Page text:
Troubled Times – Works from the museums collection
21.06.2020 – 16.08.2020
Parallel to the special exhibition “Otto Fried- Heaven can wait”, which also focuses on his flight to America and his artistic career in exile, the Ludwig Museum is presenting a selection of works from its own collection.
Suffering, exclusion, remembering – these three generic terms form the thematic framework of the presentation “Restless Times” with exhibits from the Ludwig Museum’s collection. The exhibited works reflect in different ways on how we deal with pain, torture, internal and political boundaries, exile, separation and loss, and the questions of how to deal with memory. The works of the artists Magdalena Abakanowicz, Pepa Hristova and the artists Christian Boltanski, Jochen Gerz, Pierre & Gilles, Patrick Raynaud, Milos Sobaïc as well as the group of artists Inspection Medical Hermeneutics (V/O Medhermeneutica) formulate these different facets in their individual ways of expression and also transform them into a supra-individual language.
The works of Christian Boltanski, Magdalena Abakanowicz and Milos Sobaïc impressively illustrate questions of how to deal with remembering individual and collective fates and atrocities. That memory can also manifest itself in external things is demonstrated by Christian Boltanski in two very different works: In a drawer cabinet he archives objects he has reconstructed himself, which allow him to recall certain moments of his childhood, whereby memory occurs in the actual act of reconstruction and the viewer experiences the two levels (reconstruction/archiving). Whereas in “These children are looking for their parents” he relates, as it were, the motif of research to that of fading memory. The causality of war and loss are the two tragic levels of the work, to which he assigns an ordering, scientific principle of categorisation.
Magdalena Abakanowicz’s works, which are almost always extremely oppressive, bear witness to oppression, pain, suffering and torture. She contrasts the purely individual with the collective, making her torsos appear like armies, but in their ambivalence of brokenness and resistance. Her “armless backs” seem like galley slaves and yet in the mass of bodies they are a robust, resistant formation.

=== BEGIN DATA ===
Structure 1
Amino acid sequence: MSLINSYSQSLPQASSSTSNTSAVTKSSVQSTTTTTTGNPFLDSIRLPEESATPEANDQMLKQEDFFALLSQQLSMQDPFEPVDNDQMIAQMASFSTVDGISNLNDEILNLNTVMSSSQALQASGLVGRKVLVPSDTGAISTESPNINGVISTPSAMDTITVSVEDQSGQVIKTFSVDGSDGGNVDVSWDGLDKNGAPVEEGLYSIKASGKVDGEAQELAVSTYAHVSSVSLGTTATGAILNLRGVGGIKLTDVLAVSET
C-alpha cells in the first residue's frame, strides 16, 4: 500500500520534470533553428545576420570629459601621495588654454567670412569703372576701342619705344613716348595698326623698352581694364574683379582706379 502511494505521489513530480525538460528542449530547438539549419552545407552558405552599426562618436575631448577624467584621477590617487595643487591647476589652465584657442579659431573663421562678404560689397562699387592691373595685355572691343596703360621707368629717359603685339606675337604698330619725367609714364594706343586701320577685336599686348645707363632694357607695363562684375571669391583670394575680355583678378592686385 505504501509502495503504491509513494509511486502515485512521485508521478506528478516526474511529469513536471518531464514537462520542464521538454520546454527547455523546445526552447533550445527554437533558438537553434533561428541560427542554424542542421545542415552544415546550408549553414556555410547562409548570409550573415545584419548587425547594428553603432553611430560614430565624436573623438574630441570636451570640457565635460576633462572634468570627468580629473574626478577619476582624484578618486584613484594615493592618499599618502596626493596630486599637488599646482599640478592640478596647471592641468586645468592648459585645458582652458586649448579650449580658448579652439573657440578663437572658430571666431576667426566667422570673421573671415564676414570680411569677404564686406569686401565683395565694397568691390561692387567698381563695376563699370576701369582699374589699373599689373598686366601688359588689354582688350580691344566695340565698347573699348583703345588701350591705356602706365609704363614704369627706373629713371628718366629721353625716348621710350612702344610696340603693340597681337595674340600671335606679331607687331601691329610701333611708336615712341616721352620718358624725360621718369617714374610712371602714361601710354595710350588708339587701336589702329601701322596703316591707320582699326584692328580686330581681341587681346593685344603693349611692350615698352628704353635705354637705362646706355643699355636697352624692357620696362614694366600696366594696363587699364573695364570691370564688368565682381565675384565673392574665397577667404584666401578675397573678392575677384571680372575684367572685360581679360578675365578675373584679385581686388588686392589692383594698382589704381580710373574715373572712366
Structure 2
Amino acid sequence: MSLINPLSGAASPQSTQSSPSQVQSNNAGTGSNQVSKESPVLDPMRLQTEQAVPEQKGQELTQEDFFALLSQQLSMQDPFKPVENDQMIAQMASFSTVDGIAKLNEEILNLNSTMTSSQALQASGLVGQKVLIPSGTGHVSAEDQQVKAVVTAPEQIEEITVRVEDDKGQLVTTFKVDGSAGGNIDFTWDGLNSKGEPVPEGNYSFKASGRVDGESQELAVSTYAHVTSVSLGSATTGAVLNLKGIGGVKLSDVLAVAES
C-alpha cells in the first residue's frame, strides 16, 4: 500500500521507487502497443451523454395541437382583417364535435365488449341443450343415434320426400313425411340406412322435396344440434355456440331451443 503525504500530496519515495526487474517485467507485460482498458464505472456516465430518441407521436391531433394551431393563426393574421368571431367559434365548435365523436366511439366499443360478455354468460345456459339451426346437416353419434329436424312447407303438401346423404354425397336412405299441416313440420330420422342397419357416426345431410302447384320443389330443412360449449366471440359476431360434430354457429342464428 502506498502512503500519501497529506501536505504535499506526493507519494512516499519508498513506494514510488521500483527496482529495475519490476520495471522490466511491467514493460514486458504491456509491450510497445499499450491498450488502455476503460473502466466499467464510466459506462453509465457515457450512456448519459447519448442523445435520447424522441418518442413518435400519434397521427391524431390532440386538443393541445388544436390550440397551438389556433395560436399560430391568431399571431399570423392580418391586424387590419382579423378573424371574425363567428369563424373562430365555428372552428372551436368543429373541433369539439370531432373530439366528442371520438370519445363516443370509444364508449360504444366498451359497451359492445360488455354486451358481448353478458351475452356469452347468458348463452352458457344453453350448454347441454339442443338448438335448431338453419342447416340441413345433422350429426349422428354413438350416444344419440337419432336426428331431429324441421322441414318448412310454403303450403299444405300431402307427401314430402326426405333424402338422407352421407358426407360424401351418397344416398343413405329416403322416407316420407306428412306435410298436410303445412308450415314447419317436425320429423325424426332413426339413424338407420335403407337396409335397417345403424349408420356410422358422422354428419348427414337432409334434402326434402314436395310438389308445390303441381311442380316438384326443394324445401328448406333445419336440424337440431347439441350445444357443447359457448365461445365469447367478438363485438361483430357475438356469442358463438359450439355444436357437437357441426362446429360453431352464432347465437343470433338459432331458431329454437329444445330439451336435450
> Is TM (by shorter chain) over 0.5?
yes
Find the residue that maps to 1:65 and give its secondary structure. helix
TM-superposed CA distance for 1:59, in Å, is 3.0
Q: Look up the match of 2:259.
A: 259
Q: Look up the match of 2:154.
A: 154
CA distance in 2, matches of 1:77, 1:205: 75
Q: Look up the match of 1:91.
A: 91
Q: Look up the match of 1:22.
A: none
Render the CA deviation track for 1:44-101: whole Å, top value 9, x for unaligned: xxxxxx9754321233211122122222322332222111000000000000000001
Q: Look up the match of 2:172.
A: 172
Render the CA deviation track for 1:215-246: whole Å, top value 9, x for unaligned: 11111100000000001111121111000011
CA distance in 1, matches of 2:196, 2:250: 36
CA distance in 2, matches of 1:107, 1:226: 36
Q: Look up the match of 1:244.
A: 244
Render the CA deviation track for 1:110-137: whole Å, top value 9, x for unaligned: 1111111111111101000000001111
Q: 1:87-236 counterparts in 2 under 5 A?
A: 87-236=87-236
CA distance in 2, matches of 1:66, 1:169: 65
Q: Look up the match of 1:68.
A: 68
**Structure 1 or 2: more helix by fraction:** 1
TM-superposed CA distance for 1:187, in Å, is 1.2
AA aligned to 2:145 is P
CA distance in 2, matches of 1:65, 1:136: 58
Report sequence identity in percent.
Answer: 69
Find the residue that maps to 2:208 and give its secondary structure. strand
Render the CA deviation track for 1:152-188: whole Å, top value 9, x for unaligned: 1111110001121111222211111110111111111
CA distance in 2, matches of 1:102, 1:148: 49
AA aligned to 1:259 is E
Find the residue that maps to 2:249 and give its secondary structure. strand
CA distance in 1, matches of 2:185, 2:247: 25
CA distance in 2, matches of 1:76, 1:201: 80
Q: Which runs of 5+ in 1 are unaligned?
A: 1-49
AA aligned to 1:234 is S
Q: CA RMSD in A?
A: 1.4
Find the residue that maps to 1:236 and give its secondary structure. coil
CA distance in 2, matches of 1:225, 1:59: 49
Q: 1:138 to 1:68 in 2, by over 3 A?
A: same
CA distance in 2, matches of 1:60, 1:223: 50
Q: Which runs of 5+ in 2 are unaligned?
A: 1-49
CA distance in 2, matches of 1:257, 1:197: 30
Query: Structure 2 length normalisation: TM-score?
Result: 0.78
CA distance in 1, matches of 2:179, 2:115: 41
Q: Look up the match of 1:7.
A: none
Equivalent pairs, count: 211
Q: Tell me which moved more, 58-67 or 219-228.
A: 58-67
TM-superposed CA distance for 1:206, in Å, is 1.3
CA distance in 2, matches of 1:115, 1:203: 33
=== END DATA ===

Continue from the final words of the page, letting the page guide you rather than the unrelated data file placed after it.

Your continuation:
The Russian artists’ collective Inspection Medical Hermeneutics (V/O Medhermeneutica) deals in its “Partisan” work with the transfer and storage of knowledge by means of a wide variety of books written in different languages, of which only one double page is ever visible. The books on sand, arranged as it were in a sandbox, counteract the traditional library, reducing knowledge to something arbitrary and one-dimensional.
In his photo collages, Jochen Gerz, on the other hand, presents the demarcation of the inner-German borders during the time of the GDR in a restrained simplicity. The viewer sees only nature and a raised hide, which allows the hunter to wait silently for the shot. The connotation of the death zone between the two German states is made clear by the text and the red and black panels that illustrate “erasing” as empty space.
The exclusion of the intellect here and political exclusion in Pierre & Gille’s photographic work “Le triangle rose (Laurent)”, which deals with the stigmatization of homosexuals, but also with the persecution to which they are subjected in many places, are just two of the countless moments of social exclusion and compartmentalization. Pierre & Gilles rework the subject with iconographic and historical motifs, exaggerating and exaggerating the motif of the persecuted and imprisoned with Christian motifs of intercession (candles), the altarpiece and the Man of Sorrows. In its interpretation it offers direct links to the large photo and slide work by Patrick Raynaud “Version Originale” (1995), in which this Hans Holbein’s (the year before) famous dead “Christ in the Grave” from 1521 (Kunstmuseum Basel) is cross-faded by slogan-like voice messages. The encounter with the almost hyper-realistically painted corpse, whose radical depiction would never have been conceivable before Holbein, is here paired with the cross-faded, seemingly contextless sayings from everyday life and the world of advertising. Raynaud thus opens up a view of the contemporary use of digital media, the combination, but also the overwriting of memories that lead to moments of the ephemeral.